What country are you the least inclined to visit again?
Let me begin by saying that there is no country that I would never want to visit again. It is very hard to choose only one because I truly enjoyed everything that each one of the countries I visited had to offer but during my two and a half years of non-stop travel one country stood out to me and that was Ethiopia. It is extremely rich in culture and history. It is Africa but still so different from the rest of Africa. The food, the language, the people, the history, it is all so amazing. I just can’t explain it. If you can, definitely visit this country.
I think Ukraine although I would like to go back just to visit Chernobyl but other than that I would not easily go back to Ukraine. It is not that I did not enjoy it but if I really have to mention a country I didn’t like as much it would be this country.
How do you adjust to life in one place after being a world wanderer for two and a half years?
I can’t believe that St. Maarten is your 71st country to visit yet it is your first time here. Especially seeing our history as all being part of the Netherlands Antilles. This makes me wonder, what other Caribbean islands are still on your to-visit list?
It’s not easy, especially in the beginning. I went back to a tiny island most people I encountered in my travels have never heard of, with no idea of where it is and can’t even begin to pronounce its name. But yes, especially the first two to three months were hard. Mainly because I did not yet have a car, which made me quite dependable on others. I hated it. But once I got my car it started getting a bit easier. The first half year was hard to get back into a routine. I try to keep myself busy. I play volleyball, I go running, I go to the beach, I spent time with friends, which to me is very important. But the travel bug is definitely still there.
So what destination is next on your list?
Everybody says the same. Everything has a first time, I guess. Like I said, before I moved to the Netherlands I did not travel much and once in the Netherlands I traveled mostly in Europe and Asia. Once back in Curaçao I visited places in Latin America. I’ve always said I want to leave the Caribbean for when I move back to Curaçao since it is so near. I really want to visit Dominica, Grenada, Haiti and Cuba obviously.
I try to go away in every break I get from work. Next up is December but I have no idea where to go yet. I’m not even sure I will make it financially to go anywhere. I may visit friends in Panama or Suriname.
What is the one destination high on your bucket list right now?
How is it to be back home? Is it difficult to communicate with old friends? How do you readjust?
Peru or Bolivia. Canada is on my list but not very high up.
I did notice that in the two and a half years that I have been away that some of my friends have moved on and I don’t see them that often anymore. Others I still see a lot. I’m not mad at any of those friends I’m no longer in contact with. Such is life. Also, I feel like a lot of time the initiative has to come from me to hang out.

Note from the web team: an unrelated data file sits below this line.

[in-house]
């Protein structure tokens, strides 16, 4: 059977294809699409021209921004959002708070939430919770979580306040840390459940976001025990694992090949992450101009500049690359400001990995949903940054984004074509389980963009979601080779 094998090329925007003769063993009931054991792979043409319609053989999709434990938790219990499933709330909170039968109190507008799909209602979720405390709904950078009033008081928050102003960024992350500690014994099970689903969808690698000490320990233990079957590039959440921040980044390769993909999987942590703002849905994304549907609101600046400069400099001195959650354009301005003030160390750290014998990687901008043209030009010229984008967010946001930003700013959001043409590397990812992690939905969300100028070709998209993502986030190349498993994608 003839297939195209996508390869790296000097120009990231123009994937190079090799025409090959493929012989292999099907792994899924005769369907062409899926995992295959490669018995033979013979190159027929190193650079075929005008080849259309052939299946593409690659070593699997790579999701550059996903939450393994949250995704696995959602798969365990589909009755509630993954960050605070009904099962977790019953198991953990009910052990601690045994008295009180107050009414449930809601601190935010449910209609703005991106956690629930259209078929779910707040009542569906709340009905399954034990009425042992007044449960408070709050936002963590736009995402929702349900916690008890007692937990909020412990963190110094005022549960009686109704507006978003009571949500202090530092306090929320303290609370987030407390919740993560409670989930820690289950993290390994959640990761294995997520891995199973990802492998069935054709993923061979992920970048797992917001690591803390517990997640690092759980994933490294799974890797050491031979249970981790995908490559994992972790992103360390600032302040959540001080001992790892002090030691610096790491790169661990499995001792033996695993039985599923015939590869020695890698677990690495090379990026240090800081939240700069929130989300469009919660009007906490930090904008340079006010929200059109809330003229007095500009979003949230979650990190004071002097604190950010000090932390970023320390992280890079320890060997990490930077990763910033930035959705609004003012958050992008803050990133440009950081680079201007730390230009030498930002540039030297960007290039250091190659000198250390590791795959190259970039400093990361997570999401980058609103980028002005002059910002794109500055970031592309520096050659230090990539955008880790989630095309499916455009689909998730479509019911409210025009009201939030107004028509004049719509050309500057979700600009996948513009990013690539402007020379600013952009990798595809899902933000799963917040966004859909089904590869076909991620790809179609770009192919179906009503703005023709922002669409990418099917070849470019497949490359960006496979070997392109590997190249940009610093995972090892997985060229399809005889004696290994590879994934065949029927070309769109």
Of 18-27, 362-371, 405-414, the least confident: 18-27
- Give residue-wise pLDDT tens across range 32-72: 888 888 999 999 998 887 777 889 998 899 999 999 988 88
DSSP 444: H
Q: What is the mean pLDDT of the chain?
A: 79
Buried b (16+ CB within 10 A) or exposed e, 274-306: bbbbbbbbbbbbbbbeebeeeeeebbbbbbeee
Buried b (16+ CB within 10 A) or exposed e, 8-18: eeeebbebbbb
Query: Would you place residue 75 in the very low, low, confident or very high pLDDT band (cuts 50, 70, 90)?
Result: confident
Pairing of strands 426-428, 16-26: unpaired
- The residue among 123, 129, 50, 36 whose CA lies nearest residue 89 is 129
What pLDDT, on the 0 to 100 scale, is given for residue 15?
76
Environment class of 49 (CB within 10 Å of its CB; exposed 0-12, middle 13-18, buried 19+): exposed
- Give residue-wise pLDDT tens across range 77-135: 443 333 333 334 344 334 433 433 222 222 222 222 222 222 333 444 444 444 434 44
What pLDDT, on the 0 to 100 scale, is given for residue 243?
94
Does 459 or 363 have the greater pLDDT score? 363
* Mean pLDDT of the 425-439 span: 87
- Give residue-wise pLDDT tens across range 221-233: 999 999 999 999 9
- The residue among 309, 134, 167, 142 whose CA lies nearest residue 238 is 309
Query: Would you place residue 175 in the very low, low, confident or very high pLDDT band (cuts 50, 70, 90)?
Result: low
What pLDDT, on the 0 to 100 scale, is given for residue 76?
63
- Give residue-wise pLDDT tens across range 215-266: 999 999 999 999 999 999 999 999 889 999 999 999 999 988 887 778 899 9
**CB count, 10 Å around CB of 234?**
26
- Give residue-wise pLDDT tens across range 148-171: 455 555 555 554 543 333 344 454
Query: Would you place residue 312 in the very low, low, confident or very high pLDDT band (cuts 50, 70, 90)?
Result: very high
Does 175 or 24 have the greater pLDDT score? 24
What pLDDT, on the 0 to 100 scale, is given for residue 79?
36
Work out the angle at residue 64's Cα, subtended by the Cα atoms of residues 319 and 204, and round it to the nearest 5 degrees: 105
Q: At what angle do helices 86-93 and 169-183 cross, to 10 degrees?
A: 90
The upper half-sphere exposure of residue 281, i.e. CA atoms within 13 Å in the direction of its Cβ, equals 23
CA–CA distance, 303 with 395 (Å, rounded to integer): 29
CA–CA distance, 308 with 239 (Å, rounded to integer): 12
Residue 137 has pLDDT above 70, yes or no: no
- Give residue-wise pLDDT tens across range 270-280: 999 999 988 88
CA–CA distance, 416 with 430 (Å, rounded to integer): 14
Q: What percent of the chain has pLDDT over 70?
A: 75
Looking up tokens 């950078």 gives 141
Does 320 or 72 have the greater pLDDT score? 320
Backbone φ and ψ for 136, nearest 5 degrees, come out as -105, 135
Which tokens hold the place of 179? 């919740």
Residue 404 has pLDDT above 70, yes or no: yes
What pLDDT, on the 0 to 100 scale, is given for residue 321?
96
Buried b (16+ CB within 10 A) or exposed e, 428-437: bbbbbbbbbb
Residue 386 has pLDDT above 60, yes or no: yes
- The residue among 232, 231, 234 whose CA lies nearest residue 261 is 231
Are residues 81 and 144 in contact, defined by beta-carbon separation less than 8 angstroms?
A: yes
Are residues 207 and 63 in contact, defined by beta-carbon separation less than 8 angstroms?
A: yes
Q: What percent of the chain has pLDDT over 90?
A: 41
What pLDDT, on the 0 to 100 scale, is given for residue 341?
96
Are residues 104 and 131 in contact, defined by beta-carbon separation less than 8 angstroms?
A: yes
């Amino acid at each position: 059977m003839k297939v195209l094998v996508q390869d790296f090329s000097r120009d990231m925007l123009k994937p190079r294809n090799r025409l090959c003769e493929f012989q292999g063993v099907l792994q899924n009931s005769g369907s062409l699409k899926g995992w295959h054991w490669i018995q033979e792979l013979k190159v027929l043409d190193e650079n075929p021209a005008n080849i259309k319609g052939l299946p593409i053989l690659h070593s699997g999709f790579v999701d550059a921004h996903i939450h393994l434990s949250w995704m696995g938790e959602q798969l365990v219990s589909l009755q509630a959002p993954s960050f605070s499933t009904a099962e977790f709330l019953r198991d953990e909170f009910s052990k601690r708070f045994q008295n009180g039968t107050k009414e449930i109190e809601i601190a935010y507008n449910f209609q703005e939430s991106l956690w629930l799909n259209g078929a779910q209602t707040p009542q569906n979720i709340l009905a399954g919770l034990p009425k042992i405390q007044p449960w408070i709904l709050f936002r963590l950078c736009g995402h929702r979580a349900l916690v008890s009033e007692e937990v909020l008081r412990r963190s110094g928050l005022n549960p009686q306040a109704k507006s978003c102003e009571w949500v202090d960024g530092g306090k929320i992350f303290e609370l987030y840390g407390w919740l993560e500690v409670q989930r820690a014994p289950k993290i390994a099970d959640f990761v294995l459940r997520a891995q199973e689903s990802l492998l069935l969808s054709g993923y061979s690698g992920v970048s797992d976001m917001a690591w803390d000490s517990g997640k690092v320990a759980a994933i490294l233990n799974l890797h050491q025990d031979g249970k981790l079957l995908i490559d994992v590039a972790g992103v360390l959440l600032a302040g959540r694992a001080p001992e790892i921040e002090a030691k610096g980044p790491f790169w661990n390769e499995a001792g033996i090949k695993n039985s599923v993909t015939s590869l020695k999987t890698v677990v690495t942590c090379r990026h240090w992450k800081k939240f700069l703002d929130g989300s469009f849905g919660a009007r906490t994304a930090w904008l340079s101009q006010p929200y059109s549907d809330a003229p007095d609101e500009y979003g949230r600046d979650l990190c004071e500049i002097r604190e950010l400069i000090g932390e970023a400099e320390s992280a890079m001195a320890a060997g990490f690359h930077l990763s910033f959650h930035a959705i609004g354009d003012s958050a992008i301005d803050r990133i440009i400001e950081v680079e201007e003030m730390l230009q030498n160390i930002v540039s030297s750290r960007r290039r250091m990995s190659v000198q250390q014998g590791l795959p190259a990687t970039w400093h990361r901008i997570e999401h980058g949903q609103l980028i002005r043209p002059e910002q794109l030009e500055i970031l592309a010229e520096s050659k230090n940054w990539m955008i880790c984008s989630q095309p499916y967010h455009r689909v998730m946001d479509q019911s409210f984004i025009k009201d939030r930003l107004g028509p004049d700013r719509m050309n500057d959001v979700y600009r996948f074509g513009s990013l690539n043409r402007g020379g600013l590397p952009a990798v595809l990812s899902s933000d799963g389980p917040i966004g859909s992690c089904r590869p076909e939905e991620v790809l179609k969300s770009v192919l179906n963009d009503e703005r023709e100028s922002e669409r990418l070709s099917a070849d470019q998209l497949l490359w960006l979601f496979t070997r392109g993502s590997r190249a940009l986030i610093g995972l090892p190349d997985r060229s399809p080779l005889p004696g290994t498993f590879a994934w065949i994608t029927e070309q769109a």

Since we are almost in the holiday season; Where did you spent the best Christmas and New Year’s?
You do not get a lot of islanders that dare take such a trip of a lifetime. How have people accepted you back home?
I think best christmas was in the US. Once in Los Angeles and once in Michigan with lots of snow and lots of people. Best New Year’s was in Sydney, Australia.
I have a monthly column in one of the newspapers so I do get recognized some times and people do contact me for travel advise now and then but my travels were done mainly for myself and I do not talk a lot about it so I do not get approached that often.
What would you advise anyone out there wanting to do a similar long term trip but are afraid of taking the first step?
What about marriage and kids?
If being afraid is your main reason for not doing it, it is completely normal. I mean, it is a big step and not something you do easily. I myself asked myself the question many times: What the hell am I doing? Am I crazy? But you have to go for it. Just do it and once you do it, you will not regret it.
I’m at that age right now where everyone is asking me about that. But I am not ready. I mean, I love children, I’m a teacher but I’m not done traveling. If I find someone it has to be someone who loves it too. I don’t think I want to do another two and a half year away, it’s not something I ever want to do again but a trip lasting a few months here and there would be nice.
What is the last thing you would want to tell the TTIG readers?
If you want to travel just go for it. Talk to persons who love to travel or who have done long term or solo travels before. Most friends and relatives will be negative when you speak to them about taking a long trip by yourself and that will keep you from doing it. Don’t even tell them about your plans until you’re booked and ready to go. You can reach out to me via my travel blog (see link below) or any other traveler you find online, If you are really eager to do it nothing will be able to stop you.
Read more about Elton and see photos of his amazing journey on his travel blog www.mytb.org/Elton. Feel free to contact him for advise on destinations or anything travel. He has also started a Facebook page to inspire others, especially islanders to go travel the world and to step out of their comfort zone.
Do you have some long term travel plans or a solo trip coming up? Comment below and let us know what your plans are or what destination you would like to know more about.
Remember to always Laugh, Live and Travel.
❤ Riselle a.k.a. The Traveling Island Girl